“November three nine six delta mike, on departure turn left heading zero seven zero, cleared for takeoff runway one three left,” came the instruction from Dallas Love tower. I advanced the throttles of my C90A King Air to takeoff power. “Power set, two good engines, airspeed alive both sides,” I said to myself on the cloudless early morning. At about 40 knots indicated airspeed, something caught my eye on the master warning panel: HYDRAULIC FLUID LO.
“Love tower, three nine six delta mike is aborting one three left,” I said. As I exited the runway, the tower asked the reason for the abort. “No big deal, it’s just for the paperwork,” said the controller. I wasn’t that surprised about the light. The airplane had just come out of maintenance.
One of the most dangerous times in aviation.
The day before, the mechanic and I did engine run-ups and taxied the airplane around the ramp to make sure the brakes worked fine. During the two-week inspection, the gear was adjusted, tires replaced, and new brakes were installed. All checks were normal. But today, as I taxied to the active, the low fluid light flickered for a second or two and went out. I pressed the test button to check the system manually and all worked as I expected. But on the takeoff roll the message light illuminated.
I returned to the maintence facility next to my hangar. Sure enough, the reservoir was very low. The mechanics had failed to service it.
We had a heart to heart talk.
As pilots, we make mistakes every flight. We are human. And so are mechanics. In my experience, the most challenging flight is the one right after maintenance. I have had a hydraulic pump circuit breaker pulled in my Mustang, causing the loss of normal brakes and the use of emergency brakes as I taxied to the runway. Emergency exit doors improperly replaced resulting in the cabin not pressurizing after takeoff. Friends have taken off without noticing that the pressurization controller was set to off instead of on, requiring an emergency descent during climb out.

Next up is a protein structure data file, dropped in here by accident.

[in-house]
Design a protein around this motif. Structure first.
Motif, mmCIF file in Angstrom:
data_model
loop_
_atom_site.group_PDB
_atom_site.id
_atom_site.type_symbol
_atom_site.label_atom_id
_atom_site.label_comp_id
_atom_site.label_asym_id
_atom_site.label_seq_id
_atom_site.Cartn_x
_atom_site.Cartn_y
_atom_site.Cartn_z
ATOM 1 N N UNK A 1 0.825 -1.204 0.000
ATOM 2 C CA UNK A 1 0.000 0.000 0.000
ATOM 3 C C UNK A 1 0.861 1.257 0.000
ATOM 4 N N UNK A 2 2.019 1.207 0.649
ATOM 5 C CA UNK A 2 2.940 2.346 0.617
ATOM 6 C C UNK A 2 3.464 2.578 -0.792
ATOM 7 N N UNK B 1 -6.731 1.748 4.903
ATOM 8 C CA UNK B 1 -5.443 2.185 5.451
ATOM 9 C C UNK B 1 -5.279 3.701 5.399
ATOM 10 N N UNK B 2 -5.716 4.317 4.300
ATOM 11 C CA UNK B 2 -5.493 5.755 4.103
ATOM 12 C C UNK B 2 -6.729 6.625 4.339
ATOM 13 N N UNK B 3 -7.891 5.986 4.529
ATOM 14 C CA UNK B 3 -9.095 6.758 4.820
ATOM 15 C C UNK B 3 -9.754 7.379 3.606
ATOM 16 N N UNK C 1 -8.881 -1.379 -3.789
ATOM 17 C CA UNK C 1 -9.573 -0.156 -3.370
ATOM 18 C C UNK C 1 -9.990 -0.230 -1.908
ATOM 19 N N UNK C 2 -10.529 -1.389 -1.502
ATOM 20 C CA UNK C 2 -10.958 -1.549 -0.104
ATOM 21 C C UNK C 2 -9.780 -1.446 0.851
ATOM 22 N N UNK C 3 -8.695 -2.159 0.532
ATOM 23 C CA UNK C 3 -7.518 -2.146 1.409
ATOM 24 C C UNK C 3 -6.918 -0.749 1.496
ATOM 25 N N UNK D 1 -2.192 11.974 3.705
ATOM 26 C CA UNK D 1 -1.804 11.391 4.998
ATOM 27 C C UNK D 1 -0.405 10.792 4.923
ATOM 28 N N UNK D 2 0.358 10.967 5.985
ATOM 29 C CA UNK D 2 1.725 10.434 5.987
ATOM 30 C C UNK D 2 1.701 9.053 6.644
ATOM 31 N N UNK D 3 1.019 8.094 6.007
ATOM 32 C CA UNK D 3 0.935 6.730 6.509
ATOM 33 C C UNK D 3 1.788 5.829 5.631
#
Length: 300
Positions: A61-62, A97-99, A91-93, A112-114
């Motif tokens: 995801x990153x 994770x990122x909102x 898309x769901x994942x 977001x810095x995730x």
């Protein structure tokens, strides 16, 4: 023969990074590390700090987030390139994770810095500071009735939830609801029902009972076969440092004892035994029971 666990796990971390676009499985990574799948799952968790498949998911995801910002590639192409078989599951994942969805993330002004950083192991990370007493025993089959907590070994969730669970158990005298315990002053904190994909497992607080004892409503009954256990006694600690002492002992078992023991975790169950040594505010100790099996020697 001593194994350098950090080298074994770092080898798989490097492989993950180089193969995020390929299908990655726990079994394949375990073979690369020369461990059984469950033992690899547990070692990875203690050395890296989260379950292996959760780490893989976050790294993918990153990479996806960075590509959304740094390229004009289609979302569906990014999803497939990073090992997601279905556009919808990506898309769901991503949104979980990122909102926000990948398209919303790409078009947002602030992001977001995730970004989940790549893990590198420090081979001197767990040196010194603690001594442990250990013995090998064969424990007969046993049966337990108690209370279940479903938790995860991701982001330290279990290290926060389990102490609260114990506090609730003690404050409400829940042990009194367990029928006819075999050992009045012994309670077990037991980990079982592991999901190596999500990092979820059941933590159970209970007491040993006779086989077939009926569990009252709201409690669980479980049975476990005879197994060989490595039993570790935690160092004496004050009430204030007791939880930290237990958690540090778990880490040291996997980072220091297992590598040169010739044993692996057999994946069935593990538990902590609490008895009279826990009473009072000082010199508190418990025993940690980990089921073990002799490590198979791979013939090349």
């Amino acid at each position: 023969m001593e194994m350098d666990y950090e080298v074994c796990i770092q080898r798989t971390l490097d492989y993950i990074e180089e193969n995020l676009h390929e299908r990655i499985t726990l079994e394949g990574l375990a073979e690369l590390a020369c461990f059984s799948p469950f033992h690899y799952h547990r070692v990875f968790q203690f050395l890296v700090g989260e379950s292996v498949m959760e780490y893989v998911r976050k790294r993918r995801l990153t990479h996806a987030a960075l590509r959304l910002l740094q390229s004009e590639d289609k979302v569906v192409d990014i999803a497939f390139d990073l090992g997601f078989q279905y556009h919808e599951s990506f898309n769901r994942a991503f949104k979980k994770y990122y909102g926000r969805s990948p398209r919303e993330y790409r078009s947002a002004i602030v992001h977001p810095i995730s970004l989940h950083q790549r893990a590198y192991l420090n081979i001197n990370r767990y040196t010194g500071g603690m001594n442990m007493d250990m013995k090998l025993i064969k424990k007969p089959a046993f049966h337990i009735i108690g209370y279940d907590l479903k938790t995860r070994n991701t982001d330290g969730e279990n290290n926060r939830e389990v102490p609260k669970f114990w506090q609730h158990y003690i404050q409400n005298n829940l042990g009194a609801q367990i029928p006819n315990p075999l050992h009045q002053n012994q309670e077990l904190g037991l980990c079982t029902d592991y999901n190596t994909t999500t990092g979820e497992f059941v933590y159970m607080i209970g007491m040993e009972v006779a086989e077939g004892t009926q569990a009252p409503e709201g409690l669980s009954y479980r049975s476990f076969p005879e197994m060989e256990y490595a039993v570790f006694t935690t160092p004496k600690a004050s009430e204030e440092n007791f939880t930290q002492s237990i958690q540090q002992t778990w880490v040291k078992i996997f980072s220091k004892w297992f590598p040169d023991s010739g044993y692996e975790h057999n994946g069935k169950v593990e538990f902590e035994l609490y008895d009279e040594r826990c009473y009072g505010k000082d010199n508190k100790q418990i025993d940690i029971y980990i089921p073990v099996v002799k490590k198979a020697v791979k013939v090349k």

You name the problem and someone has experienced it.
As pilots in command, we are totally responsible for determining that our aircraft is airworthy. Even more so after maintenance. For the last few years, I have gone through the mental “game” of saying to myself, “Someone moved a switch during maintenance to try to kill me. I just need to find the switch and fix it.”
Sometimes the offense is small. Like the time my hand mic was replaced under my Mustang’s dash with the mic button depressed, disabling my normal radio communications. That took a while to figure out.
I’ve heard stories of oxygen bottles accidently safety wired closed resulting in no flow to the masks. Cockpit seats have been improperly installed only to be discovered as they travelled backwards during rotation. Tools have been forgotten and discovered in engine inlets.
I take an extra 20 minutes post-maintenance to look at every item on the panel, especially avionics settings. The worst time to experience a surprise is the first departure. And I will not take an airplane right out of major maintenance into hard IFR or night conditions.
Our safety record is pretty darn good. Perhaps because we are extra vigilant after maintenance. Play my little game next time you pick up your airplane.